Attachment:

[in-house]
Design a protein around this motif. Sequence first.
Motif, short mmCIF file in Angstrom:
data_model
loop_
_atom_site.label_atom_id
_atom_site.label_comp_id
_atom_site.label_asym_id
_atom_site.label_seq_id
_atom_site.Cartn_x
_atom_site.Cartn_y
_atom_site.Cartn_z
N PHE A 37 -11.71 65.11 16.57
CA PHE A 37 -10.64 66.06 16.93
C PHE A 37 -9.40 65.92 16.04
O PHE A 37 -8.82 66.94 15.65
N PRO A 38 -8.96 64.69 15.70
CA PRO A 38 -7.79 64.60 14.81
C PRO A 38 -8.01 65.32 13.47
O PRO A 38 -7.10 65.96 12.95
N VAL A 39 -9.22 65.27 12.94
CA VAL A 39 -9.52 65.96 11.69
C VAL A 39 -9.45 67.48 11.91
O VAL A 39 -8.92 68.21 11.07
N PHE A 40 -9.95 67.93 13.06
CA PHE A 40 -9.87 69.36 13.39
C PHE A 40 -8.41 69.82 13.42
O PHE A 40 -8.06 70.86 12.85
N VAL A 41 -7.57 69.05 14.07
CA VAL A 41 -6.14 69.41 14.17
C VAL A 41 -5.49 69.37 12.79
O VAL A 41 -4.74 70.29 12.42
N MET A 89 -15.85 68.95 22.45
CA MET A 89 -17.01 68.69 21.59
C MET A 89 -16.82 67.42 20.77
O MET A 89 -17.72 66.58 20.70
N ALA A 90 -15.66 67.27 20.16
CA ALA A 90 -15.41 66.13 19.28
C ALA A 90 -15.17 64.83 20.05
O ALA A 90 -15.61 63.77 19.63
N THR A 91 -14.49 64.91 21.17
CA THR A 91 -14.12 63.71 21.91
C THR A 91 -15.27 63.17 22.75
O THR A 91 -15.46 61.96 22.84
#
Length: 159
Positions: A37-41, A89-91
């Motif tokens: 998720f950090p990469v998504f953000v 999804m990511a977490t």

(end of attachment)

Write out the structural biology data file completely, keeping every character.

[in-house]
Design a protein around this motif. Sequence first.
Motif, short mmCIF file in Angstrom:
data_model
loop_
_atom_site.label_atom_id
_atom_site.label_comp_id
_atom_site.label_asym_id
_atom_site.label_seq_id
_atom_site.Cartn_x
_atom_site.Cartn_y
_atom_site.Cartn_z
N PHE A 37 -11.71 65.11 16.57
CA PHE A 37 -10.64 66.06 16.93
C PHE A 37 -9.40 65.92 16.04
O PHE A 37 -8.82 66.94 15.65
N PRO A 38 -8.96 64.69 15.70
CA PRO A 38 -7.79 64.60 14.81
C PRO A 38 -8.01 65.32 13.47
O PRO A 38 -7.10 65.96 12.95
N VAL A 39 -9.22 65.27 12.94
CA VAL A 39 -9.52 65.96 11.69
C VAL A 39 -9.45 67.48 11.91
O VAL A 39 -8.92 68.21 11.07
N PHE A 40 -9.95 67.93 13.06
CA PHE A 40 -9.87 69.36 13.39
C PHE A 40 -8.41 69.82 13.42
O PHE A 40 -8.06 70.86 12.85
N VAL A 41 -7.57 69.05 14.07
CA VAL A 41 -6.14 69.41 14.17
C VAL A 41 -5.49 69.37 12.79
O VAL A 41 -4.74 70.29 12.42
N MET A 89 -15.85 68.95 22.45
CA MET A 89 -17.01 68.69 21.59
C MET A 89 -16.82 67.42 20.77
O MET A 89 -17.72 66.58 20.70
N ALA A 90 -15.66 67.27 20.16
CA ALA A 90 -15.41 66.13 19.28
C ALA A 90 -15.17 64.83 20.05
O ALA A 90 -15.61 63.77 19.63
N THR A 91 -14.49 64.91 21.17
CA THR A 91 -14.12 63.71 21.91
C THR A 91 -15.27 63.17 22.75
O THR A 91 -15.46 61.96 22.84
#
Length: 159
Positions: A37-41, A89-91
């Motif tokens: 998720f950090p990469v998504f953000v 999804m990511a977490t």